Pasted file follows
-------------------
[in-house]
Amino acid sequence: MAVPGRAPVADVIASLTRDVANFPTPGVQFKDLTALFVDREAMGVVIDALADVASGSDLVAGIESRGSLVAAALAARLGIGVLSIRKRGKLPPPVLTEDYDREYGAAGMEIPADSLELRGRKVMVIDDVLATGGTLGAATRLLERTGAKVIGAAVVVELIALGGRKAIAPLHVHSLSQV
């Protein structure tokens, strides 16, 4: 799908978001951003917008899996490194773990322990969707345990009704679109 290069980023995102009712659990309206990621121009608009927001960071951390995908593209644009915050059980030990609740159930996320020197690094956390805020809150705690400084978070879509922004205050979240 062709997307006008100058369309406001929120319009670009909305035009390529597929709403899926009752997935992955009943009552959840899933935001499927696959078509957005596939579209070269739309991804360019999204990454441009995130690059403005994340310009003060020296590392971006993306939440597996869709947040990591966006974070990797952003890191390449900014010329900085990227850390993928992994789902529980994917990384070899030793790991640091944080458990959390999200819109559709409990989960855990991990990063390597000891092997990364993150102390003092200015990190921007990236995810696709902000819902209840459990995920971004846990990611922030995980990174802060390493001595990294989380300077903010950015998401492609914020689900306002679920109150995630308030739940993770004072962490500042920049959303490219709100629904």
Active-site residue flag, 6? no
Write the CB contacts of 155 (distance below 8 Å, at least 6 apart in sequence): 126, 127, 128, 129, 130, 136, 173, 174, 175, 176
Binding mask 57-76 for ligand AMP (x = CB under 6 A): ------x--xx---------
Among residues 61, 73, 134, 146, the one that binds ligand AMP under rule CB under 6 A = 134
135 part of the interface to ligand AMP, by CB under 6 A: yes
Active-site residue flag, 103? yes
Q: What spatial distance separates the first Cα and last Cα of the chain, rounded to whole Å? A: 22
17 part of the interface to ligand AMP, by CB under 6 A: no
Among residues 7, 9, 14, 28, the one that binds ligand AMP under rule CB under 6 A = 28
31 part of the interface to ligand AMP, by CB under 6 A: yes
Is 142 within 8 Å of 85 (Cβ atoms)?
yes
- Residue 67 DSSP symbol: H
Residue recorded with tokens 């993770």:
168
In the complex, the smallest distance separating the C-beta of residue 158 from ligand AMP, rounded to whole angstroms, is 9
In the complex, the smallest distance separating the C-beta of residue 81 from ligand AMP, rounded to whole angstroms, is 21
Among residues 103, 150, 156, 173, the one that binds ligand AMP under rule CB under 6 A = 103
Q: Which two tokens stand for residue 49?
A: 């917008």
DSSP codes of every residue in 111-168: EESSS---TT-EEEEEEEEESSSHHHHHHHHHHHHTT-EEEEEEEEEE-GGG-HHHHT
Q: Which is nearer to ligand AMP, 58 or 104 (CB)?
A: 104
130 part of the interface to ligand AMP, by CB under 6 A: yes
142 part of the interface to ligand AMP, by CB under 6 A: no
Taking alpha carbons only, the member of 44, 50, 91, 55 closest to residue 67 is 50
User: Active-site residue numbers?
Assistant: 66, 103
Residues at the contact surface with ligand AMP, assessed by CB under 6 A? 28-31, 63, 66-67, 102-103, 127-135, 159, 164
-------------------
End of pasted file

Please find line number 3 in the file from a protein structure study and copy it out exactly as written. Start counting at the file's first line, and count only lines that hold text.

């Protein structure tokens, strides 16, 4: 799908978001951003917008899996490194773990322990969707345990009704679109 290069980023995102009712659990309206990621121009608009927001960071951390995908593209644009915050059980030990609740159930996320020197690094956390805020809150705690400084978070879509922004205050979240 062709997307006008100058369309406001929120319009670009909305035009390529597929709403899926009752997935992955009943009552959840899933935001499927696959078509957005596939579209070269739309991804360019999204990454441009995130690059403005994340310009003060020296590392971006993306939440597996869709947040990591966006974070990797952003890191390449900014010329900085990227850390993928992994789902529980994917990384070899030793790991640091944080458990959390999200819109559709409990989960855990991990990063390597000891092997990364993150102390003092200015990190921007990236995810696709902000819902209840459990995920971004846990990611922030995980990174802060390493001595990294989380300077903010950015998401492609914020689900306002679920109150995630308030739940993770004072962490500042920049959303490219709100629904």